But after returning to remote work, I can honestly say that I don’t know if I can go back to a full-time office environment ever again. In my personal life, I’m actually much more productive when I am working from home. There are benefits to having impromptu conversations, tapping on the shoulder of your teams, your boss, other people outside your function. But I think, in general, there’s a certain percentage of those that are not as productive as they could be: You have an impromptu chat over coffee, no one writes anything down, and you go on your merry way.
In the remote environment, every meeting has a purpose. Every meeting has an agenda that is documented. There’s usually an initiative deck circulated across a number of people and time zones. So I think the remote productivity aspect of it is a stark contrast to what you find in the office. And it’s something that I’ve really come to appreciate.
You brought up a really interesting point about the transition to working fully remote: the tools you use and the way you communicate. What tools does your team at Toptal use to enable real-time communication?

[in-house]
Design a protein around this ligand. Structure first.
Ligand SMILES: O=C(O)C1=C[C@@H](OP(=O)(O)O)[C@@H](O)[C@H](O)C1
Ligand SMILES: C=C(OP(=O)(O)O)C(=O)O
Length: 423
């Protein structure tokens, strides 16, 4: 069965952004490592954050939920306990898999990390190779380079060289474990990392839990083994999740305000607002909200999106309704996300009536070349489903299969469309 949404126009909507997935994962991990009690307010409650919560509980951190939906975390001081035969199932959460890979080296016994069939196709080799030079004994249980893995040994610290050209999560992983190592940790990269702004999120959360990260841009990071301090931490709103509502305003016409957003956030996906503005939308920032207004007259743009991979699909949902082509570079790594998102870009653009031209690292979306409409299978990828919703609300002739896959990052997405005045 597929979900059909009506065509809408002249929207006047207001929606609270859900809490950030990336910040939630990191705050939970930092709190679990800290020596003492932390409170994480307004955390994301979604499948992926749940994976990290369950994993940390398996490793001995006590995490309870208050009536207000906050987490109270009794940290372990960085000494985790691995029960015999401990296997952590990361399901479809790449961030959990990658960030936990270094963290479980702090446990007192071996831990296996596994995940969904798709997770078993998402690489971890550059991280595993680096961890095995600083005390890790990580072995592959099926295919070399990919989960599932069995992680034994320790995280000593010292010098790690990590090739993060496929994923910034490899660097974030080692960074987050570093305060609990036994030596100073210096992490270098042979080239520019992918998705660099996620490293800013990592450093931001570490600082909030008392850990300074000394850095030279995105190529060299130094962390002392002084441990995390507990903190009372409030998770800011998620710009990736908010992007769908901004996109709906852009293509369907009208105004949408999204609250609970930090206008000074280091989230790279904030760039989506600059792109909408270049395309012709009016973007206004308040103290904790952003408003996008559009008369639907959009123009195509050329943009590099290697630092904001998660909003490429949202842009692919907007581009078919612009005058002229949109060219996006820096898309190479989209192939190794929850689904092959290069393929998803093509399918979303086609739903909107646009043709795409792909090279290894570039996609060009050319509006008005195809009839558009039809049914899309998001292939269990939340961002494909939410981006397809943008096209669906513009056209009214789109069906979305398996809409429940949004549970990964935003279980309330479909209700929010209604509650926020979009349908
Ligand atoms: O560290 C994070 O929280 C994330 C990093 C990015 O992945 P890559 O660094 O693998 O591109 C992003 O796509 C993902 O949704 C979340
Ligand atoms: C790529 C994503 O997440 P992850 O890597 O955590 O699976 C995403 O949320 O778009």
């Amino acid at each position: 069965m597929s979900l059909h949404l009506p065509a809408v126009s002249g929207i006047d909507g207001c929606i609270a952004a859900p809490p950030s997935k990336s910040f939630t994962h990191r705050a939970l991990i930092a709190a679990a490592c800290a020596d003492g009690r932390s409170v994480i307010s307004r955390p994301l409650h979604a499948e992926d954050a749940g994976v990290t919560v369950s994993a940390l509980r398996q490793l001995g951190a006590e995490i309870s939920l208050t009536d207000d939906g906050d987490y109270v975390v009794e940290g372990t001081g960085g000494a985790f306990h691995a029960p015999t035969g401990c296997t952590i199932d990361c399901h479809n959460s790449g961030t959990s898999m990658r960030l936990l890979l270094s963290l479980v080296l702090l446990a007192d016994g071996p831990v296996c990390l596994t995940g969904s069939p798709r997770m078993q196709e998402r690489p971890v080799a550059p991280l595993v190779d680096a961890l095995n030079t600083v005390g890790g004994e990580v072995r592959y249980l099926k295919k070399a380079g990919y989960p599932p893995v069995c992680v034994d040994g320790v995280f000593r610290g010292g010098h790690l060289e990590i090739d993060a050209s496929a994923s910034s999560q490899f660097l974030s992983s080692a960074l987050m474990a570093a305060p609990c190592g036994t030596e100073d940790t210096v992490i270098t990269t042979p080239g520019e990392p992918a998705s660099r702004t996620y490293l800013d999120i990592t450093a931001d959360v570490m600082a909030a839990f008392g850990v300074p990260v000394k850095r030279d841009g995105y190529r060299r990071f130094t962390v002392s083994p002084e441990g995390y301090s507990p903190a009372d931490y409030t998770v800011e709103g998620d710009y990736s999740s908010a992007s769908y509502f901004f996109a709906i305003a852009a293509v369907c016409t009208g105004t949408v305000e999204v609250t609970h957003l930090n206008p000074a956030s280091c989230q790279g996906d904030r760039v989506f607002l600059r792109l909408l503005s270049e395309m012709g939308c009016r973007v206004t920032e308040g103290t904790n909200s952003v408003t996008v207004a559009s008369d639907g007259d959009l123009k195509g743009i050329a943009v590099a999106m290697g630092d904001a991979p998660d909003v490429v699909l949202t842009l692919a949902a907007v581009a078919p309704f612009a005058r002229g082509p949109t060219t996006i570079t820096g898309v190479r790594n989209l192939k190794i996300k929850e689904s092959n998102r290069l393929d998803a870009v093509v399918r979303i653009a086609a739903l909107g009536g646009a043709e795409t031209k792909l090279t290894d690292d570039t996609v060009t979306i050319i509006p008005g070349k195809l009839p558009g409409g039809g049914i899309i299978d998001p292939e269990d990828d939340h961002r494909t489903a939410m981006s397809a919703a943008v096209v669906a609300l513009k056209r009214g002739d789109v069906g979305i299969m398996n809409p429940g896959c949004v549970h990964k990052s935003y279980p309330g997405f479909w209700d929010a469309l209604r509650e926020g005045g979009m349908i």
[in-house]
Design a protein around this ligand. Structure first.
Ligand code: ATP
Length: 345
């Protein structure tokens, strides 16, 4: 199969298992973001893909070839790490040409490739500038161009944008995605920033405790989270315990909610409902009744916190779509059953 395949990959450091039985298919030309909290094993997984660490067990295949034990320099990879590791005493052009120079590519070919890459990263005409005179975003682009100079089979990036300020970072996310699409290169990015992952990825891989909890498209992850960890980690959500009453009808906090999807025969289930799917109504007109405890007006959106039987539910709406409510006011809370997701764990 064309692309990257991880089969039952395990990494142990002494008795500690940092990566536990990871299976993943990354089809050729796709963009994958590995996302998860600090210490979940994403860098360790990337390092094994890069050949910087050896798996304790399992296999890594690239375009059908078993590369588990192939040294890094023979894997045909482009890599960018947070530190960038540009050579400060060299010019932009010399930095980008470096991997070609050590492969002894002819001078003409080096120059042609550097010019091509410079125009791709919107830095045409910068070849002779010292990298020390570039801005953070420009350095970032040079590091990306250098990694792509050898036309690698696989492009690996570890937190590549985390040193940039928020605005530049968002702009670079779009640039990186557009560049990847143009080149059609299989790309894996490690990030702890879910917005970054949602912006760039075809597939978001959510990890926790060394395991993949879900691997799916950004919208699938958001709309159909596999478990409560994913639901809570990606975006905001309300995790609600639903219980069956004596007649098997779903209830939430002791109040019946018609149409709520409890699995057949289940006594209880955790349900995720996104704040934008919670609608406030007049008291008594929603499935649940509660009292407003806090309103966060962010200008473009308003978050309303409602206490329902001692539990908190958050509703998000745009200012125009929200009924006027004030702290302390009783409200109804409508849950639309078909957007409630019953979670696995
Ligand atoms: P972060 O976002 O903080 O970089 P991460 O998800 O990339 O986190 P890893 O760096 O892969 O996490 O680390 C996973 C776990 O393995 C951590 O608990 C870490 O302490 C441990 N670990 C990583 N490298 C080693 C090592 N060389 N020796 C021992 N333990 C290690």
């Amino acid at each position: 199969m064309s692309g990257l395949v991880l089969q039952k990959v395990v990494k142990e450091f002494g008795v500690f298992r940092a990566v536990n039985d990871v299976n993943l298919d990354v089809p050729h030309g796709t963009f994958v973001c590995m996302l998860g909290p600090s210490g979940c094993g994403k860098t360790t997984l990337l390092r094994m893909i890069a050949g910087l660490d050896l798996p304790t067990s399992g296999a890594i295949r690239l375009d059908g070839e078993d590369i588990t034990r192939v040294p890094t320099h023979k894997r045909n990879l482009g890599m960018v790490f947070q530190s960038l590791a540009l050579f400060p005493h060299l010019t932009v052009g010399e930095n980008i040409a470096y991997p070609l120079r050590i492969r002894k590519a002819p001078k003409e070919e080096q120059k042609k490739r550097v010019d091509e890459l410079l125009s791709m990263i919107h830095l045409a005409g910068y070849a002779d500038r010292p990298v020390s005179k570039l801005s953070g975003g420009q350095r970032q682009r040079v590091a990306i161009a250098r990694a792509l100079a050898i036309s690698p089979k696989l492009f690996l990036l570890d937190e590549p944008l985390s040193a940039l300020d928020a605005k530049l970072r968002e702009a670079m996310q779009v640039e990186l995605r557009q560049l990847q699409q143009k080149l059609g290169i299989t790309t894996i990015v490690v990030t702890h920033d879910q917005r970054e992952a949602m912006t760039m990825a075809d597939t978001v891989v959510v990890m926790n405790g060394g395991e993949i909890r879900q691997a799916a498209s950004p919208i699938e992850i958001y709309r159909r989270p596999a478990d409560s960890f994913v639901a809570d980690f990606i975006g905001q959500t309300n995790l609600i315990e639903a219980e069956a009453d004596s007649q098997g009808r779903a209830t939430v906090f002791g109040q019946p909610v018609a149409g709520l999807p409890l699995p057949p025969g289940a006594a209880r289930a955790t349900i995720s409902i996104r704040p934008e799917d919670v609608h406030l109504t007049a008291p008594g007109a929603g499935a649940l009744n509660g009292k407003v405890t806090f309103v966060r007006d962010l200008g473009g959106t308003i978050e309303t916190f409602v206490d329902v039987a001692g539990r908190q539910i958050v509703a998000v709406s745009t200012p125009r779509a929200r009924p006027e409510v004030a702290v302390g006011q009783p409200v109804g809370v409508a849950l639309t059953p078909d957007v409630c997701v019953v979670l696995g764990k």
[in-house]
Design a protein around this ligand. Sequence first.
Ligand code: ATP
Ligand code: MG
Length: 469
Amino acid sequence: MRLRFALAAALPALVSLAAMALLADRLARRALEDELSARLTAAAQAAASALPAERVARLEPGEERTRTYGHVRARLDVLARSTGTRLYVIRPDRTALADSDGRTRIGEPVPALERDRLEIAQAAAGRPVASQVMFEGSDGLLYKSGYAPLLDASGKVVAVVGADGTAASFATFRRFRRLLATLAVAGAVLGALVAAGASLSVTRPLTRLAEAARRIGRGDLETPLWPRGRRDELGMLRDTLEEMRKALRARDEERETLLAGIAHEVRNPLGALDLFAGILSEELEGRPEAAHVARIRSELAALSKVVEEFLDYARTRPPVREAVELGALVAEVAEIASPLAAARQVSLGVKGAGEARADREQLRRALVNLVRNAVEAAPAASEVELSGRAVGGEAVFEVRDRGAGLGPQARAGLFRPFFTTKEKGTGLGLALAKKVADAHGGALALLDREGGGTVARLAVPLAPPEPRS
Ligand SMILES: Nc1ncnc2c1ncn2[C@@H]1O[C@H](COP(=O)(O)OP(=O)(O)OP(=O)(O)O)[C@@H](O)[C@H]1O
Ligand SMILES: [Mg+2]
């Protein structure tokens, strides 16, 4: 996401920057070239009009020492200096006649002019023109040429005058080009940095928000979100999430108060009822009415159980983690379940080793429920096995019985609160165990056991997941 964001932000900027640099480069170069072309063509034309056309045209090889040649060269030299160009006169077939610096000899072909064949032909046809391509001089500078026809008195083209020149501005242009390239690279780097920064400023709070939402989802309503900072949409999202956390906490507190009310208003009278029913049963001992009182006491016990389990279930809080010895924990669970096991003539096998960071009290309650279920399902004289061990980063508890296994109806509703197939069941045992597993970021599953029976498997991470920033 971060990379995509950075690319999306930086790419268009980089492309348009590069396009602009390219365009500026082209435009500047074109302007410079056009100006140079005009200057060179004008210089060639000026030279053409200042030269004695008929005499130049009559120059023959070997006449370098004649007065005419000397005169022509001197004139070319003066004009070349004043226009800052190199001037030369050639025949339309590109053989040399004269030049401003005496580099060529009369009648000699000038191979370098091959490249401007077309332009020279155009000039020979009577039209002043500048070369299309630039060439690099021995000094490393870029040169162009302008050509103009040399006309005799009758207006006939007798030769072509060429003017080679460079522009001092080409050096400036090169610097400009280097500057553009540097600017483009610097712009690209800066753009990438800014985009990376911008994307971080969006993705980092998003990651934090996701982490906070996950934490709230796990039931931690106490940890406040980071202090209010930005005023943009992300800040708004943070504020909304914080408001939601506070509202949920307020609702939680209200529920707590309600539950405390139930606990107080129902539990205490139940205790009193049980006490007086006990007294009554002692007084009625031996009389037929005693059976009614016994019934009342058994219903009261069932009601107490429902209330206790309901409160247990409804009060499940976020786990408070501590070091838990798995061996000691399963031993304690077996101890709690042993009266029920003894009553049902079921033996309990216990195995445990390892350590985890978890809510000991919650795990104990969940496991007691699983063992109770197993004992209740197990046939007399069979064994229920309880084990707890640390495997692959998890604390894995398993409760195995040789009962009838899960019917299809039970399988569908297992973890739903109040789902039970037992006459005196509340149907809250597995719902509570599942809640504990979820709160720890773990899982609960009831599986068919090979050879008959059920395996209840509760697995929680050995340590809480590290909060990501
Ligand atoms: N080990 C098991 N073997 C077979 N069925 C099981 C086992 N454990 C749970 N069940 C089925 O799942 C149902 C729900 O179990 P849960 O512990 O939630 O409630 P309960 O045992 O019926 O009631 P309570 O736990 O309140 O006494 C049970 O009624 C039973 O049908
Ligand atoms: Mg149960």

Interestingly enough, we do have a number of in-person [video] meetings. Before that in-person meeting, it is everyone’s responsibility to look at the documentation ahead of time. So it is up to the initiative team or whoever is hosting the meeting to have some form of documentation—even if it’s a few bullet points on an agenda they are going to tick through. People come to meetings more prepared. It’s a little bit easier in the office when you just get together and say, “Hey, let me throw up some bullets on the whiteboard on the fly.”
We use Zoom for all video conferencing. Slack and Google Docs—those are where we house most of our documentation. Moreover, Slack is literally where all the knowledge exists and is the single source of truth. When you leave a meeting, you can always go back and refer to exactly what was said or what is going to be covered in a meeting.